# USD to EUR
    js_script = """
    document.querySelectorAll(".post h5").forEach(e => e.innerHTML = e.innerHTML.replace("$", "€"))
    """
    
    class ScrapingClubSpider(scrapy.Spider):
        name = "scraping_club"
        allowed_domains = ["scrapingclub.com"]
    
        def start_requests(self):
            url = "https://scrapingclub.com/exercise/list_infinite_scroll/"
            yield scrapy.Request(url, meta={
                "playwright": True,
                "playwright_page_methods": [
                    PageMethod("evaluate", js_script)
                ],
            })
    
        def parse(self, response):
            # iterate over the product elements
            for product in response.css(".post"):
                # scrape product data
                url = product.css("a").attrib["href"]
                image = product.css(".card-img-top").attrib["src"]
                name = product.css("h4 a::text").get()
                price = product.css("h5::text").get()
    
                # add the data to the list of scraped items
                yield {
                    "url": url,
                    "image": image,
                    "name": name,
                    "price": price
                }

Launch the spider again, and the logs will now include this:

Output
{'url': '/exercise/list_basic_detail/90008-E/', 'image': '/static/img/90008-E.jpg', 'name': 'Short Dress', 'price': '€24.99'}
    {'url': '/exercise/list_basic_detail/96436-A/', 'image': '/static/img/96436-A.jpg', 'name': 'Patterned Slacks', 'price': '€29.99'}
    # 6 products omitted for brevity...
    {'url': '/exercise/list_basic_detail/96643-A/', 'image': '/static/img/96643-A.jpg', 'name': 'Short Lace Dress', 'price': '€59.99'}
    {'url': '/exercise/list_basic_detail/94766-A/', 'image': '/static/img/94766-A.jpg', 'name': 'Fitted Dress', 'price': '€34.99'}

Awesome! The currency went from $ to as expected.

Timeout with Scrapy Playwright

Playwright enforces several timeouts, including:

  • Timeout for the server to respond when visiting a new page. Default: 30000ms.
  • Timeout for a specific event to occur, function to return a value, element to be visible, or page to be ready for a screenshot. Default: 30000ms.

When any of these timeouts aren't met, the spider will fail and display the error below:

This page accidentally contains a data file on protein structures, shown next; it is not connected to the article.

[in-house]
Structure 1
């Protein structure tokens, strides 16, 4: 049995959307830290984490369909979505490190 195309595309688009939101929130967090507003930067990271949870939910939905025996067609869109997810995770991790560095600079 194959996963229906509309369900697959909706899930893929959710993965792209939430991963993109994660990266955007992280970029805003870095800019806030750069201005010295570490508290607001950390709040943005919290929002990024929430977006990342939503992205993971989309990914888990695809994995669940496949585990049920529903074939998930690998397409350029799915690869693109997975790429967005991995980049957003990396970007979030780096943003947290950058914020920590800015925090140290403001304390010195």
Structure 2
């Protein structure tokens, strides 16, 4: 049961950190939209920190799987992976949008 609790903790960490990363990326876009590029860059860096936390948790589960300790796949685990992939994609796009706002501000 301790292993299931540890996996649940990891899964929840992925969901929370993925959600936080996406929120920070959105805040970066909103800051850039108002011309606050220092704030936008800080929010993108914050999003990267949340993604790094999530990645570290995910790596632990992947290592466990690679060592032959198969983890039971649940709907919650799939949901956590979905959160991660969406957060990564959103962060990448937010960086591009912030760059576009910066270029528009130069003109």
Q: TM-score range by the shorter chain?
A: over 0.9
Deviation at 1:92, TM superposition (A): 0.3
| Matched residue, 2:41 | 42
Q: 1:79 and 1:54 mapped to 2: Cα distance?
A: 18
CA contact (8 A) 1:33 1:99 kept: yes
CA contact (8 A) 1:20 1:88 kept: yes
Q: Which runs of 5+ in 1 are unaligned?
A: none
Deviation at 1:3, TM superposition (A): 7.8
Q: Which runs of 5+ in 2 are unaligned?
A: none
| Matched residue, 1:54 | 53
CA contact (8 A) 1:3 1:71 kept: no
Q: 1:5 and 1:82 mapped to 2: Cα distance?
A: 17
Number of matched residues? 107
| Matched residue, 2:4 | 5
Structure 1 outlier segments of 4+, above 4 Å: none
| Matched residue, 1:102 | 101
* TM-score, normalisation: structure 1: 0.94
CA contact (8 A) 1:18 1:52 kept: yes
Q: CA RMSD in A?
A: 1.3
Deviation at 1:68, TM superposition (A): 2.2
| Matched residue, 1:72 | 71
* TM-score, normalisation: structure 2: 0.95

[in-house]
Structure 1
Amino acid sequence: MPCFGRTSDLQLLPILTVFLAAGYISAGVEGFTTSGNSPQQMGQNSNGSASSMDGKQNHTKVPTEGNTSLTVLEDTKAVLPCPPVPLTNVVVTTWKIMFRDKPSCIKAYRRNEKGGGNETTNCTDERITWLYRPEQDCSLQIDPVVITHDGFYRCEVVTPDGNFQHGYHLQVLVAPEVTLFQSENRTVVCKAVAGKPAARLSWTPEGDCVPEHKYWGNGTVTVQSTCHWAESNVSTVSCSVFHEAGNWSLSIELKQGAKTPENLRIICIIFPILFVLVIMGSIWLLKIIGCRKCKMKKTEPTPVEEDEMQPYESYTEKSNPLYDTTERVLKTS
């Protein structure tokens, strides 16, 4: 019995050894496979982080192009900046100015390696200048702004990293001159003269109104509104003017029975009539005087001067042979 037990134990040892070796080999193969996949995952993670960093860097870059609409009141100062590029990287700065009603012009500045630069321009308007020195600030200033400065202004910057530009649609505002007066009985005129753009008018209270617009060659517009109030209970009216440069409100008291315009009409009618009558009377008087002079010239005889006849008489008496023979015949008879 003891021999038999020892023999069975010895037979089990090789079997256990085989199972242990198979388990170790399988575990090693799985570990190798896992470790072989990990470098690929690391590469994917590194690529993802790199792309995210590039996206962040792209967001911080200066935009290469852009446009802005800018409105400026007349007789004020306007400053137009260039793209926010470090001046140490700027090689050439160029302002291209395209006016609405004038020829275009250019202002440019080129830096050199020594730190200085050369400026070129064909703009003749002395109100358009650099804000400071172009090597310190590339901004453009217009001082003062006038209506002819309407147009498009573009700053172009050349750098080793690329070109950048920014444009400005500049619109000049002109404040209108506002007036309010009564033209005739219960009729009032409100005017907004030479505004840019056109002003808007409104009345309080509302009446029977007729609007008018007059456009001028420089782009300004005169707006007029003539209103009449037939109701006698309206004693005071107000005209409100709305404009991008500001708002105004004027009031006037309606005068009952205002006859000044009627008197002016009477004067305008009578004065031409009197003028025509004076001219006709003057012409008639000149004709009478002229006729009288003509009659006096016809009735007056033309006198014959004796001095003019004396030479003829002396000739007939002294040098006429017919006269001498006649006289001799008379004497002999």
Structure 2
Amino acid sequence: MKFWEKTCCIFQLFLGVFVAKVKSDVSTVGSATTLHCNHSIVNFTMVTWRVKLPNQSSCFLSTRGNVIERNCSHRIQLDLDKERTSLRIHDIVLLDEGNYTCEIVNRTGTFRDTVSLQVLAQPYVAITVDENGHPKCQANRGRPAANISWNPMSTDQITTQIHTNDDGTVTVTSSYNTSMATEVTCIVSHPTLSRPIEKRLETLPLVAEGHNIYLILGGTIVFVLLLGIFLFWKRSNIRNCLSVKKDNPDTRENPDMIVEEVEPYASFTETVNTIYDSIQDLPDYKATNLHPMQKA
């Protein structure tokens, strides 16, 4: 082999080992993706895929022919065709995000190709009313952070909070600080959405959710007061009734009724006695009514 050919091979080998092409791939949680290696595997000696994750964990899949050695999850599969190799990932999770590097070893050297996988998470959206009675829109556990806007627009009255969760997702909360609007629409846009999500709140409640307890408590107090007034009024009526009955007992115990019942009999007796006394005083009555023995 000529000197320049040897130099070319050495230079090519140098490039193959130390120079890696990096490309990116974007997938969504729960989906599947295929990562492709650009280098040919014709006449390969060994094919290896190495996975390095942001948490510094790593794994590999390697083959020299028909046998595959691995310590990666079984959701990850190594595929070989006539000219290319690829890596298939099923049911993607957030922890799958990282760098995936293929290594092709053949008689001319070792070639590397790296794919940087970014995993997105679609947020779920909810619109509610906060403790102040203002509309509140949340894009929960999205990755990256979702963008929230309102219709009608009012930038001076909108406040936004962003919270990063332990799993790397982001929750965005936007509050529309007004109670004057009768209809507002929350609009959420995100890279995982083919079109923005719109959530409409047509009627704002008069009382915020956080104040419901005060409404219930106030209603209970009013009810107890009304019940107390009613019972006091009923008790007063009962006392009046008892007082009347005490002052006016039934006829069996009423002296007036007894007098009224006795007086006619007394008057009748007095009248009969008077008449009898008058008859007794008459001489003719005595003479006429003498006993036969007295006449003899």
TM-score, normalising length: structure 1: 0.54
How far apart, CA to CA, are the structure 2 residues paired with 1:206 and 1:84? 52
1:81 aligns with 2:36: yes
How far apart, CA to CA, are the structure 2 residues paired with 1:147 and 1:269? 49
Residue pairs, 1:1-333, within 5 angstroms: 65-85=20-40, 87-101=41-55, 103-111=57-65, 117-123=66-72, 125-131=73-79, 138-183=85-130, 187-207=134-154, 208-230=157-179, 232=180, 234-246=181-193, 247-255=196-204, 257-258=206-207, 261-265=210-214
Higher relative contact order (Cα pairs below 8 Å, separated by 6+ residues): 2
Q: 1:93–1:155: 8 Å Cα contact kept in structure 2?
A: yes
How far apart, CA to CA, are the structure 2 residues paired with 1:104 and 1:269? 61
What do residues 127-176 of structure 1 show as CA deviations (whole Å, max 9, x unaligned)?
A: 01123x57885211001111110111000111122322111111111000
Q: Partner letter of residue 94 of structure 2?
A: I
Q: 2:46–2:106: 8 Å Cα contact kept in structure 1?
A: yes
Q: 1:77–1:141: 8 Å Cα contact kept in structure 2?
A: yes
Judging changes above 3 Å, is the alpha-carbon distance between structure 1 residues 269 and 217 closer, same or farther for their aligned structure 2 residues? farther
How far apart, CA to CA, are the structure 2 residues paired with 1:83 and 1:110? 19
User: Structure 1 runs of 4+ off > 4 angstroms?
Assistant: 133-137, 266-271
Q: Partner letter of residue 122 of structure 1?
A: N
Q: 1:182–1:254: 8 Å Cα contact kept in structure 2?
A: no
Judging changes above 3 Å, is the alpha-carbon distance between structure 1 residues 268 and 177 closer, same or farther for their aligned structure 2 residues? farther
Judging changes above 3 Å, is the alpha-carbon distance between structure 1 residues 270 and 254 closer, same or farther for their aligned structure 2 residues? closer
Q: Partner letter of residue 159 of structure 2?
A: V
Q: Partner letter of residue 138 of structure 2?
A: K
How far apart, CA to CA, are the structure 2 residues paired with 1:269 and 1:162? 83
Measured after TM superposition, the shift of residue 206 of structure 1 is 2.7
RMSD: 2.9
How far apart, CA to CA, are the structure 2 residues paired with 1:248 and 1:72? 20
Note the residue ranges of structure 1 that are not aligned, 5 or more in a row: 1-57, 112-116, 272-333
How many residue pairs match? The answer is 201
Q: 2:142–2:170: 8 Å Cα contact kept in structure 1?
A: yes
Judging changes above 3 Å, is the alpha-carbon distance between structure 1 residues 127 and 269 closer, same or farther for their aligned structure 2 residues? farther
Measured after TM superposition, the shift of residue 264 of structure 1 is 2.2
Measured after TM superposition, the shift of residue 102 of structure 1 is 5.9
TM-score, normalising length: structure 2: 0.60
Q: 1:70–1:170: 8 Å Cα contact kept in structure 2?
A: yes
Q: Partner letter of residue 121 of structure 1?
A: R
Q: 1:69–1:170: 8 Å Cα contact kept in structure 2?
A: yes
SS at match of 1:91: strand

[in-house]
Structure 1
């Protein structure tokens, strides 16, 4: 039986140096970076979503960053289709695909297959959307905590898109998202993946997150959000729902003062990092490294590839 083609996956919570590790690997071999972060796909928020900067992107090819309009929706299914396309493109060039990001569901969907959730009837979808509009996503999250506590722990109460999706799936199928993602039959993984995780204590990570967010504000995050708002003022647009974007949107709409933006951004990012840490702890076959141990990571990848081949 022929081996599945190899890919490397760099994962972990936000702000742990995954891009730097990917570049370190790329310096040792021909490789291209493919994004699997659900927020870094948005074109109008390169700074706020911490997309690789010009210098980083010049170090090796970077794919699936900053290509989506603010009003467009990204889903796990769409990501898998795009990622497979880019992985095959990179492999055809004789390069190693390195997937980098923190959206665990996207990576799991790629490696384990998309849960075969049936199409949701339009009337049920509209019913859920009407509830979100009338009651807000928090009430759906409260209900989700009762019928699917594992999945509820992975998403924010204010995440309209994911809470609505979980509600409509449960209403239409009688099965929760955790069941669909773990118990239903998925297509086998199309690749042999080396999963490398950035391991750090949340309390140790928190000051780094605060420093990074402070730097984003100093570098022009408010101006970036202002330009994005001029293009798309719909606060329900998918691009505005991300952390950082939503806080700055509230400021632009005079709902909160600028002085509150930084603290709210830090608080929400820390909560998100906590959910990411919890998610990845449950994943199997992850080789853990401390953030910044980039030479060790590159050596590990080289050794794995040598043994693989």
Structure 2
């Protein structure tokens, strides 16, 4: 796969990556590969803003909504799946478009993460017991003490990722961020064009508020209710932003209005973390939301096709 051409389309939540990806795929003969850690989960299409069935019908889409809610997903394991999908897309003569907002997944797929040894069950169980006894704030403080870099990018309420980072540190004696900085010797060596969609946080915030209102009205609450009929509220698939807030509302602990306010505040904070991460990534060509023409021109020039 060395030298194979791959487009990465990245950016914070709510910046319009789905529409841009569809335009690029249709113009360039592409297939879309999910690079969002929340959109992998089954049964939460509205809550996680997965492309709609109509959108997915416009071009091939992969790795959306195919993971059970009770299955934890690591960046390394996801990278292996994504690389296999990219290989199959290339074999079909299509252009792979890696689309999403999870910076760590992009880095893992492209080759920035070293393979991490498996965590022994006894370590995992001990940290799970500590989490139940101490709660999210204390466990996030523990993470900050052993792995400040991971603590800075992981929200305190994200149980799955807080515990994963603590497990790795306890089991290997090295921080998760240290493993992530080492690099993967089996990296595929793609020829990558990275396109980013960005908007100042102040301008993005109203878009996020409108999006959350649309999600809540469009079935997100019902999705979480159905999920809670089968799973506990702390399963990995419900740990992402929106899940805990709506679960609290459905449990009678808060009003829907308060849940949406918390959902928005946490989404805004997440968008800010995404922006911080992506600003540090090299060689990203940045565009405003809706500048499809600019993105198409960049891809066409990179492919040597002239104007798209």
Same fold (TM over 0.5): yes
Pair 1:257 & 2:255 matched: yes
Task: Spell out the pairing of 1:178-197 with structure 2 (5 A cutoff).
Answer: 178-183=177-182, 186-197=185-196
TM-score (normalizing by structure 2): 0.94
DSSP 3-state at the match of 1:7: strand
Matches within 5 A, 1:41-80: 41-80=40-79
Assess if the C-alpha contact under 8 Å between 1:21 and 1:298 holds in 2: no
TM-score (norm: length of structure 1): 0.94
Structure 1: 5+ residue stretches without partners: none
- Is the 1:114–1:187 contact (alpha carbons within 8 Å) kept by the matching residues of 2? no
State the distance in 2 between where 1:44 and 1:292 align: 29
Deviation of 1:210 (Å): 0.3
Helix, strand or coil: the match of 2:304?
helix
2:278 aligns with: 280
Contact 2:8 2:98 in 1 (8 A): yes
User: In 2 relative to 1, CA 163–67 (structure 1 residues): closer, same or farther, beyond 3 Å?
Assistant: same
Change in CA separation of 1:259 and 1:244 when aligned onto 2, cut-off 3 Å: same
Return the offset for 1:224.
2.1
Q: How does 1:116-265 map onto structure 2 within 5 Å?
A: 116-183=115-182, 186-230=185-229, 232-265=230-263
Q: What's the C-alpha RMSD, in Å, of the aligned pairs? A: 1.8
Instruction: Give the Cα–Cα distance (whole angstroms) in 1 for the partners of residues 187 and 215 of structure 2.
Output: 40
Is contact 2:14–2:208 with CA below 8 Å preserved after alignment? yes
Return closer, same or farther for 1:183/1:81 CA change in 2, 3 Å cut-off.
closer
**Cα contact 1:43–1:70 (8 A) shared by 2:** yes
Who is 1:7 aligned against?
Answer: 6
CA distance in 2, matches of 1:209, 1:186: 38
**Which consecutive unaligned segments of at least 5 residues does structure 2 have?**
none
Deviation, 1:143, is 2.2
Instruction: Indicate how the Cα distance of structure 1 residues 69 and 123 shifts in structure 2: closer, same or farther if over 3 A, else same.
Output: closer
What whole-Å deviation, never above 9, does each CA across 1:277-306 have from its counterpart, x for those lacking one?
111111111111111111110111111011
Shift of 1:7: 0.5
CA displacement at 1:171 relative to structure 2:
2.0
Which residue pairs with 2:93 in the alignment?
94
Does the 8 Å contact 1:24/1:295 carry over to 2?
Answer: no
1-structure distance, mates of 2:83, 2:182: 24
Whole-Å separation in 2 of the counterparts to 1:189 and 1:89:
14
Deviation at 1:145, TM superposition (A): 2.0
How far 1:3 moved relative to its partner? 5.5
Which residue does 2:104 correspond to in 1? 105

Output
playwright._impl._api_types.TimeoutError: Timeout 30000ms exceeded.

To avoid TimeoutError exceptions, specify a custom timeout through the timeout argument:

scraping_club.py
PageMethod("wait_for_selector", ".post:nth-child(60)", timeout=60000) # 60s timeout

Add the PLAYWRIGHT_DEFAULT_NAVIGATION_TIMEOUT setting to settings.py to override the default page navigation timeout:

Output
PLAYWRIGHT_DEFAULT_NAVIGATION_TIMEOUT = 60000 # 60s

Conclusion

In this Scrapy Playwright tutorial, you learned the fundamentals of using Playwright in Scrapy. You began from the basics and explored more complex techniques to become a scraping expert.

Now you know:

  • How to integrate Playwright into a Scrapy project.
  • What interactions you can simulate with it.
  • How to execute custom JavaScript logic on web pages in Scrapy.
  • The challenges of web scraping with scrapy-playwright.

To be considered, your browser automation may be extremely sophisticated, but anti-bot measures can still block you. However, you can avoid that with ZenRows, a web scraping API with headless browser capabilities, IP and User-Agent rotation, and a top-notch anti-scraping bypass system. Getting data from dynamic-content web pages has never been easier. Try ZenRows for free!

Frequent Questions

What Is the Difference Between Playwright and Scrapy?

The difference between Playwright and Scrapy is that Playwright has headless browsing for interacting with dynamic content. Scrapy is primarily for web scraping and doesn’t support JavaScript execution by default.

Scrapy vs. Playwright: Which Is Best?

The best tool for web scraping between Scrapy vs. Playwright is Scrapy. Although Playwright is superior for dynamic content scraping, it’s best to pair it with Scrapy for large-scale web scraping.

What Are the Alternatives for Scrapy Splash?

The alternatives for Scrapy Splash are Playwright with Scrapy, Selenium Scrapy, and Pyppeteer Scrapy.

Ready to get started?

Up to 1,000 URLs for free are waiting for you